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Give a dog a bone? Oh no you don’t, says local bureaucrat

OLD MOTHER Hubbard would be up in arms about it. Butchers in Wales are angry and their dog-owning customers are howling with rage. The time-honoured practice of adding a free, juicy bone for the hound to the weekly meat order is under threat – inevitably - from an EU regulation. Ceredigion County Council’s decision to give warning to the butchers of West Wales that they will be breaking the law if they continue "supplying domestic animals with bones, meat trimmings etc" has brought howls of protest..and not just from the pets.

The regulations were intended to prevent the recycling of condemned meat for food by unscrupulous dealers. The Animal By-Product Regulations 2003 make it illegal to dispose of waste meat by any means other than incineration or rendering at an approved plant.

A letter from Brian Davies, Ceredigion’s Environmental Health Officer, informs butchers that "the practice of supplying domestic animals with bones, meat trimmings etc, must be discontinued".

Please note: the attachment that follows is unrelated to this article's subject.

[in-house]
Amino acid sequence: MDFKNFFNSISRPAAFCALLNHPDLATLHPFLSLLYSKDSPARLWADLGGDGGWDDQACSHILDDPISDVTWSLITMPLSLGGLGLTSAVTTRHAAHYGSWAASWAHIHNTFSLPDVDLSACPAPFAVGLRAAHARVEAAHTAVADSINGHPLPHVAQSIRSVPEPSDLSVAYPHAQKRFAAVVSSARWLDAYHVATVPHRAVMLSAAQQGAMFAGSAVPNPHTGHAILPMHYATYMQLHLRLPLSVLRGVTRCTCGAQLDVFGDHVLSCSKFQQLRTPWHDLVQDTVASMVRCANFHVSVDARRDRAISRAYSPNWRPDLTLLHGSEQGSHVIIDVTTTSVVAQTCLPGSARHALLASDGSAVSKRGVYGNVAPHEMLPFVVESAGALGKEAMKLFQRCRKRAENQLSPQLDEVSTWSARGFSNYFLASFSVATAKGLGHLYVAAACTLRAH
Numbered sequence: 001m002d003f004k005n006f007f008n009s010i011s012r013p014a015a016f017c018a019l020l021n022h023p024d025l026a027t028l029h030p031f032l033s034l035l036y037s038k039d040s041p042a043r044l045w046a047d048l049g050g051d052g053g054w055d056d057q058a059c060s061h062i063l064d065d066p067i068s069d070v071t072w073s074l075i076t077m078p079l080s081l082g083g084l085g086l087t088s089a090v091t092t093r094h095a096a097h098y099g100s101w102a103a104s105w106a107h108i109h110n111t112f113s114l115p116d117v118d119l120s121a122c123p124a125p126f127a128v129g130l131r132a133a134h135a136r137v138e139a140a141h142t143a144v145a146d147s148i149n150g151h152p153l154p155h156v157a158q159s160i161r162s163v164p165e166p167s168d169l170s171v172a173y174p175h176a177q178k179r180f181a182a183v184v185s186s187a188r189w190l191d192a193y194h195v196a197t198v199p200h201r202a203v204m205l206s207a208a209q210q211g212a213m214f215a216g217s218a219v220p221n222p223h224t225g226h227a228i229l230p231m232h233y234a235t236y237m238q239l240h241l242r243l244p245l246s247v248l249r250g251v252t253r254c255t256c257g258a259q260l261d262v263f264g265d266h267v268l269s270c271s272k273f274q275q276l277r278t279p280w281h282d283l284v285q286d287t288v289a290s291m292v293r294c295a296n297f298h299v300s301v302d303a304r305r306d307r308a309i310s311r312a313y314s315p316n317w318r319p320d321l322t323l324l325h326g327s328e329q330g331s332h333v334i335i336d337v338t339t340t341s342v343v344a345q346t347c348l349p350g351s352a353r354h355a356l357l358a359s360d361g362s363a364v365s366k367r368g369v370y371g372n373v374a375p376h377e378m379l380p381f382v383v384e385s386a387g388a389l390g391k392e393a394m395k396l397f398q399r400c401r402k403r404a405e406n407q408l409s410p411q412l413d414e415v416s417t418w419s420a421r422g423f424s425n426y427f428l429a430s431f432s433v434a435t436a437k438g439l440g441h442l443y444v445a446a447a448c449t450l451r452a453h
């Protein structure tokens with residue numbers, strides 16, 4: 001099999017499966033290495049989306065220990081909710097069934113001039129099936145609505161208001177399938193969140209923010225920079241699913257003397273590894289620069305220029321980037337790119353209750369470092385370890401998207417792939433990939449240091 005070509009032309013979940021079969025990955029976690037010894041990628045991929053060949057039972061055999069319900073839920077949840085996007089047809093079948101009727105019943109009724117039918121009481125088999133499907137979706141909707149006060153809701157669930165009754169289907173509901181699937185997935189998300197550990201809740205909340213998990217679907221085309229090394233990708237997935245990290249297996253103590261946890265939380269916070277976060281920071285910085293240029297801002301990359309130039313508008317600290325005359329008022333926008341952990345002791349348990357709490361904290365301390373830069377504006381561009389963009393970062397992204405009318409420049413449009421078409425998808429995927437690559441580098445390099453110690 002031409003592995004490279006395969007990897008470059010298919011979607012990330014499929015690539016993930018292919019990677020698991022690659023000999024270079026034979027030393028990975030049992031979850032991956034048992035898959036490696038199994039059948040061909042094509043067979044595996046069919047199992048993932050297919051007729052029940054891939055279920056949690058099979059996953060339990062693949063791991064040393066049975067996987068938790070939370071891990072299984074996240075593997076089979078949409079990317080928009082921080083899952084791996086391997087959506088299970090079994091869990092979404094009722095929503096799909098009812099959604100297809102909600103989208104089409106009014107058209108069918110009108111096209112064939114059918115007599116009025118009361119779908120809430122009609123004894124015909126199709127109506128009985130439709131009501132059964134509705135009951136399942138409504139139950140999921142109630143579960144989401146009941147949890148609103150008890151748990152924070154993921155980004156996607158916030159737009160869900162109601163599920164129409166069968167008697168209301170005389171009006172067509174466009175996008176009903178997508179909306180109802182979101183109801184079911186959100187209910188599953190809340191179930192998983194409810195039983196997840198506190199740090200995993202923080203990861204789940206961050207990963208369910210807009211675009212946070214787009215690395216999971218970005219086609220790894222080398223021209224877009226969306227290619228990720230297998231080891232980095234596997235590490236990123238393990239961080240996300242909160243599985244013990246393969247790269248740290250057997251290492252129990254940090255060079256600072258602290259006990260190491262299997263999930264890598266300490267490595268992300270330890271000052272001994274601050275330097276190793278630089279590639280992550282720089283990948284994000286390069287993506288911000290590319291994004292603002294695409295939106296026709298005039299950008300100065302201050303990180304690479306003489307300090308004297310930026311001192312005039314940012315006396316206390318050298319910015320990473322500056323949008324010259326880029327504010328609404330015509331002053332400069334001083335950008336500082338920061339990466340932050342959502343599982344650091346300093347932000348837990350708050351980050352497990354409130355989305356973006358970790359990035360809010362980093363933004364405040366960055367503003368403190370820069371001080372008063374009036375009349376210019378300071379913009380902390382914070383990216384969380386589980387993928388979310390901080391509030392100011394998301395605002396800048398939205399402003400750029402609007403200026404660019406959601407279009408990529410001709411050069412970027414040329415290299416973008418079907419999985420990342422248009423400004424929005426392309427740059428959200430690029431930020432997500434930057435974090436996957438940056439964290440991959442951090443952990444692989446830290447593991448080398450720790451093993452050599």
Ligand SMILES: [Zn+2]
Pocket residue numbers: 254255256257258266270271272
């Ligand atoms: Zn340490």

Huw Williams, assistant director for environmental services at the council, blamed the Department for Environment, Food and Rural Affairs (DEFRA). "The new legislation has been introduced by DEFRA and, as a local authority, we have a duty to enforce it," he said. "This is a regulation that has come from Europe."

Aled Morgan, 35, a butcher in Aberystwyth, said: "It’s just going to cost more money, at least £2,000 a year, to dispose of the fat and bones."

Martin Swanson, 32, from Aberystwyth, said: "My dog Arnie loves bones, they’re good for him. If he could understand what’s going on, I’m sure he wouldn’t be happy."

There was consternation at DEFRA. A spokeswoman suggested that the council had "over-interpreted" the regulations but added: "If something is sold for consumption by a pet, then it clearly isn’t waste."

The whole saga once again seems to be that Britain – in this case Ceredigion Environmental Health Department – rigorously enforces EU regulations to the letter, whereas certain other countries in Europe routinely dismiss any such legislation they don’t like with a Gallic or Teutonic shrug.

However, the word is that the butchers of Ceredigion are going to adopt the same approach, so no dog will miss out on his bone. Some freedoms are just too important to surrender to Europe.